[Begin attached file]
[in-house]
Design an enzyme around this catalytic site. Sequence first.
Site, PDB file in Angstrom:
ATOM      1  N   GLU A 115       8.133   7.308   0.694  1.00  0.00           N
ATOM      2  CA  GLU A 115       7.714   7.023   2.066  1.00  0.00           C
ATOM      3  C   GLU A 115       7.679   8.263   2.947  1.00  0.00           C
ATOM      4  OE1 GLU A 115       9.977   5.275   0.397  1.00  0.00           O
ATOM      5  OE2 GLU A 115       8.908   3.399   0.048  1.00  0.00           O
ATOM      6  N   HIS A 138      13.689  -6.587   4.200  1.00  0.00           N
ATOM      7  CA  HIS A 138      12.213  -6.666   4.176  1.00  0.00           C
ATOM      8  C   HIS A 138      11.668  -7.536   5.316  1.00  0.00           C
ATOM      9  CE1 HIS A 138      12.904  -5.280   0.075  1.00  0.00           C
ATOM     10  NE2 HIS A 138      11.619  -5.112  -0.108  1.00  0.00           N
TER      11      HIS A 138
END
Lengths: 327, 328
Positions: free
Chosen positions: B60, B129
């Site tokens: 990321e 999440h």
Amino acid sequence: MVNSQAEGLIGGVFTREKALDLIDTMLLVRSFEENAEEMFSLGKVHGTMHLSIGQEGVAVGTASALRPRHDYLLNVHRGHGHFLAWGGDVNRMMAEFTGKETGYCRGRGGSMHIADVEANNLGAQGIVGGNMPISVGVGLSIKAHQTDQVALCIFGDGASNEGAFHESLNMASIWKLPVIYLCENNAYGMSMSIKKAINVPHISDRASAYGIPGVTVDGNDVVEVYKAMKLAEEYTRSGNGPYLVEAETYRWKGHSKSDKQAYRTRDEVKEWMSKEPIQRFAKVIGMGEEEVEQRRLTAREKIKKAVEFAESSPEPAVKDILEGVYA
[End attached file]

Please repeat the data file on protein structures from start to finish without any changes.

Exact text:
[in-house]
Design an enzyme around this catalytic site. Sequence first.
Site, PDB file in Angstrom:
ATOM      1  N   GLU A 115       8.133   7.308   0.694  1.00  0.00           N
ATOM      2  CA  GLU A 115       7.714   7.023   2.066  1.00  0.00           C
ATOM      3  C   GLU A 115       7.679   8.263   2.947  1.00  0.00           C
ATOM      4  OE1 GLU A 115       9.977   5.275   0.397  1.00  0.00           O
ATOM      5  OE2 GLU A 115       8.908   3.399   0.048  1.00  0.00           O
ATOM      6  N   HIS A 138      13.689  -6.587   4.200  1.00  0.00           N
ATOM      7  CA  HIS A 138      12.213  -6.666   4.176  1.00  0.00           C
ATOM      8  C   HIS A 138      11.668  -7.536   5.316  1.00  0.00           C
ATOM      9  CE1 HIS A 138      12.904  -5.280   0.075  1.00  0.00           C
ATOM     10  NE2 HIS A 138      11.619  -5.112  -0.108  1.00  0.00           N
TER      11      HIS A 138
END
Lengths: 327, 328
Positions: free
Chosen positions: B60, B129
């Site tokens: 990321e 999440h």
Amino acid sequence: MVNSQAEGLIGGVFTREKALDLIDTMLLVRSFEENAEEMFSLGKVHGTMHLSIGQEGVAVGTASALRPRHDYLLNVHRGHGHFLAWGGDVNRMMAEFTGKETGYCRGRGGSMHIADVEANNLGAQGIVGGNMPISVGVGLSIKAHQTDQVALCIFGDGASNEGAFHESLNMASIWKLPVIYLCENNAYGMSMSIKKAINVPHISDRASAYGIPGVTVDGNDVVEVYKAMKLAEEYTRSGNGPYLVEAETYRWKGHSKSDKQAYRTRDEVKEWMSKEPIQRFAKVIGMGEEEVEQRRLTAREKIKKAVEFAESSPEPAVKDILEGVYA